Computational science is a field obsessed with convergence, with equations scripted to result in real-world numbers that minimize chance as much as possible. So, it may come as a surprise that Mary Wheeler – director of the ICES Centerfor Subsurface Modeling at The University of Texas at Austin, US – became a mathematician and computational scientist due to an incidental encounter.
“My roommate in college was taking a numerical analysis course. I would see her working on those problems, and think, ‘that’s interesting.’ And that’s how I first got involved,” says Wheeler, who, in the late 1950s, was enrolled at The University of Texas as a government major. “It happened by circumstance.”
That exposure ignited a chain of events, beginning with Wheeler adding a math major to her undergraduate studies. She has since published over 250 papers, and made significant advancements in developing algorithms for modeling subsurface flow.
This month Wheeler was awarded the John von Neumann Medal, the highest award bestowed by the United States Association for Computational Mechanics. Wheeler is the first woman to receive the honor, which celebrates outstanding achievements in computer-related science and technology. “It’s a very prestigious award,” Wheeler remarked. “And I’d like to say I’m excited because von Neumann has been one of my heroes in science.”
The area of subsurface modeling is a common thread uniting Wheeler’s research. “Your body is a subsurface and bones and breasts are a porous media. And the same mathematical models we use for a geological subsurface also apply to the subsurface of the body,” said Wheeler. “Mathematics is the language of sciences and how you communicate results.”
In the past, Wheeler has applied this mathematical lens towards understanding topics such as blood vessel formation and ground subsidence, where subsurface changes cause the Earth’s surface to cave-in or shift. Her most recent research aligns closely with two issues at the forefront of the energy industry – safely extracting oil and gas from the ground and storing combustion byproducts.
Wheeler is now developing a model showing the propagation of fractures induced in rock during the hydraulic fracturing process, and the ways water, chemicals, and natural gas flow through them. Understanding these processes plays an important role in informing fracturing methods that don’t disturb groundwater.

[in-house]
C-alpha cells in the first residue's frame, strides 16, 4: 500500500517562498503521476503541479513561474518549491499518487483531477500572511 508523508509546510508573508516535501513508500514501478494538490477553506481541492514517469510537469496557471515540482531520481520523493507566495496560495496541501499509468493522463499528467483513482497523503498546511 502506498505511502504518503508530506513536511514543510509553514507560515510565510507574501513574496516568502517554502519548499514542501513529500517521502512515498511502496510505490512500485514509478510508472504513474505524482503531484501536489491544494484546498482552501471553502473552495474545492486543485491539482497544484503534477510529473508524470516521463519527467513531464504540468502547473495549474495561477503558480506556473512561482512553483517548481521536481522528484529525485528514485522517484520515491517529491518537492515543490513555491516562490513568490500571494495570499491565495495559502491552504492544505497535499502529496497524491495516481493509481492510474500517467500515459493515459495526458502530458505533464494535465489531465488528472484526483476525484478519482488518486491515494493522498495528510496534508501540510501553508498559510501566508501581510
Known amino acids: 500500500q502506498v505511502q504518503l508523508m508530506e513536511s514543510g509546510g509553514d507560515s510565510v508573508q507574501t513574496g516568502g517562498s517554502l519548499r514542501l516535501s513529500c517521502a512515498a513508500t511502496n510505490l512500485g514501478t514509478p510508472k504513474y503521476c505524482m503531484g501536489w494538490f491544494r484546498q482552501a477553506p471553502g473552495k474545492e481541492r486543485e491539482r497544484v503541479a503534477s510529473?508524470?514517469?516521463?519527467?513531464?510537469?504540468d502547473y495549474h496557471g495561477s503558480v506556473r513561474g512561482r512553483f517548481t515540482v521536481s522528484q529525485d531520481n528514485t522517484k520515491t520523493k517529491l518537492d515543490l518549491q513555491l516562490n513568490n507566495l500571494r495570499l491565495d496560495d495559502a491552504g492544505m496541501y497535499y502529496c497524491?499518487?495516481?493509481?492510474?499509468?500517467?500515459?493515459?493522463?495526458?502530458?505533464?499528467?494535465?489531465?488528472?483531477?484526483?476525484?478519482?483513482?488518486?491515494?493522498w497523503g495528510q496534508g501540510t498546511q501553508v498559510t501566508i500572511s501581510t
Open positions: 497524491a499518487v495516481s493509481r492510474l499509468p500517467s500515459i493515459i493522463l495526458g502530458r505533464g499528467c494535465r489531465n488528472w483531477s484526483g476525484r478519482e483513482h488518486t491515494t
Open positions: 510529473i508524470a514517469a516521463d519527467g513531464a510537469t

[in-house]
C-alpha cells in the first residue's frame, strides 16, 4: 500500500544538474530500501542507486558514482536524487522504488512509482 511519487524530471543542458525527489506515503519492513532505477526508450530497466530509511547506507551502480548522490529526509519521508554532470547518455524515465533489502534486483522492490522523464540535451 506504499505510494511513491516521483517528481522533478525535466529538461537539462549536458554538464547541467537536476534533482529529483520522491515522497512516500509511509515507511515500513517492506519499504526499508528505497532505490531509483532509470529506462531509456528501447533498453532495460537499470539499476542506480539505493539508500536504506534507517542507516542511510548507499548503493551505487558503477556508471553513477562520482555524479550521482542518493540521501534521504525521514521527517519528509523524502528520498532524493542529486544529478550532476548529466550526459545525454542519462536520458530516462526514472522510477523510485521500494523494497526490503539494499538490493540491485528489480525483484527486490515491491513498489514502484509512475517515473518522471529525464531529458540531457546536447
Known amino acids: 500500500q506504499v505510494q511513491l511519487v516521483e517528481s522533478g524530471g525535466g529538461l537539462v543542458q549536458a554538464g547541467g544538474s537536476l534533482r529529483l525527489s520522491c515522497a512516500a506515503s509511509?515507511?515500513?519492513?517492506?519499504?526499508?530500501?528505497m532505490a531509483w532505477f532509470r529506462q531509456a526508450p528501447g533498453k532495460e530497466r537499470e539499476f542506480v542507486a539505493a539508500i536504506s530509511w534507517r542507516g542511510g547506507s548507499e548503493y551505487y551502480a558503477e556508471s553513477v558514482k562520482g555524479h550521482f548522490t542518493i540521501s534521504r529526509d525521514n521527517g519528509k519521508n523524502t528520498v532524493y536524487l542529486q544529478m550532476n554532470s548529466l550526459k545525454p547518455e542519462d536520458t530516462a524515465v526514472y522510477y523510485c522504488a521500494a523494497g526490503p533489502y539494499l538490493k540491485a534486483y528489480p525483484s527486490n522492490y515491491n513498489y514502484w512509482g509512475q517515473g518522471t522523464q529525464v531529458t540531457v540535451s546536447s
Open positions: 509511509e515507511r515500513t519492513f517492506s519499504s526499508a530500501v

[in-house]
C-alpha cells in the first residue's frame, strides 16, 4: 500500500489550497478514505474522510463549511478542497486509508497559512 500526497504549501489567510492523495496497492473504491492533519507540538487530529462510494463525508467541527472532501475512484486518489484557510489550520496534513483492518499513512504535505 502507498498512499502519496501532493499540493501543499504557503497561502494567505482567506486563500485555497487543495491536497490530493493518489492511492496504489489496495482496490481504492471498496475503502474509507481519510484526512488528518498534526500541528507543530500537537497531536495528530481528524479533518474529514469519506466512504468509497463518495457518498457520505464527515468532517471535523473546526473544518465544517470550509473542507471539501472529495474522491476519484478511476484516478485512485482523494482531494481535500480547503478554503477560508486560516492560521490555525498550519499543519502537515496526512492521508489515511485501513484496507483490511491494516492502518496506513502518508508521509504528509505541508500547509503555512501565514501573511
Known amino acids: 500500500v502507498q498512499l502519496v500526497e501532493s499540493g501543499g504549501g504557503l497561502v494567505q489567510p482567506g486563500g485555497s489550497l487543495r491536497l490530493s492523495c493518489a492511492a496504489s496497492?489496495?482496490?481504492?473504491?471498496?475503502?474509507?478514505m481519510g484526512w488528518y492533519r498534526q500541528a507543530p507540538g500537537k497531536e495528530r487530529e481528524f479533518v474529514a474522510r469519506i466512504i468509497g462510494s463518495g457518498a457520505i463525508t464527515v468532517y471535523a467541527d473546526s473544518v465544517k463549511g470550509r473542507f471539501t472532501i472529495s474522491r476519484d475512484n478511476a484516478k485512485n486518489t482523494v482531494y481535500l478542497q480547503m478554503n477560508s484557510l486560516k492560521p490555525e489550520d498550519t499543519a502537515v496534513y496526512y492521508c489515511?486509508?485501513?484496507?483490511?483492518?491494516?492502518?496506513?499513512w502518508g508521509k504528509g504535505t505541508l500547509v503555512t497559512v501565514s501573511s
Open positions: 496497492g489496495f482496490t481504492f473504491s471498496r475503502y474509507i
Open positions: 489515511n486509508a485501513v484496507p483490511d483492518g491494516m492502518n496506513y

Research methods and the technology have changed immensely since the 1970s when Wheeler was a PhD student at Rice University in Houston, Texas. Then, scientists could only approach physics problems one dimensionally, with a maximum of 10 data elements and computer code written on paper punch cards.
Wheeler recalls her PhD advisors Henry Rachford Jr. and Jim Douglas Jr., both scientists at Humble (a predecessor of Exxon Mobil), developing a method to solve two-dimensional fluid flow problems. Some calculations required the use of computers in New York to carry out and complete.
“And now stop and think – that was just flow,” remarks Wheeler. “Now, we’re doing different phases, and you have mass transfer, and add that to the chemical, mechanical, and thermal reactions.”
In the 1970s, Wheeler worked on the IBM 650, the world’s first mass-produced computer. The machine resembled a refrigerator more than a modern computing system. In only 30 years, computational science has progressed to methods and machinery that outperform their predecessors exponentially.
The current problems Wheeler works with take into account three dimensions, may have more than one billion data elements, and require supercomputers that can analyze quadrillion operations per second.
Wheeler uses high-performance computing resources at the Texas Advanced Computing Center in Austin, US, the King Abdulla University of Science in Thuwal, Saudi Arabia, and IBM’s Watson, made famous by its victory on Jeopardy! in 2011.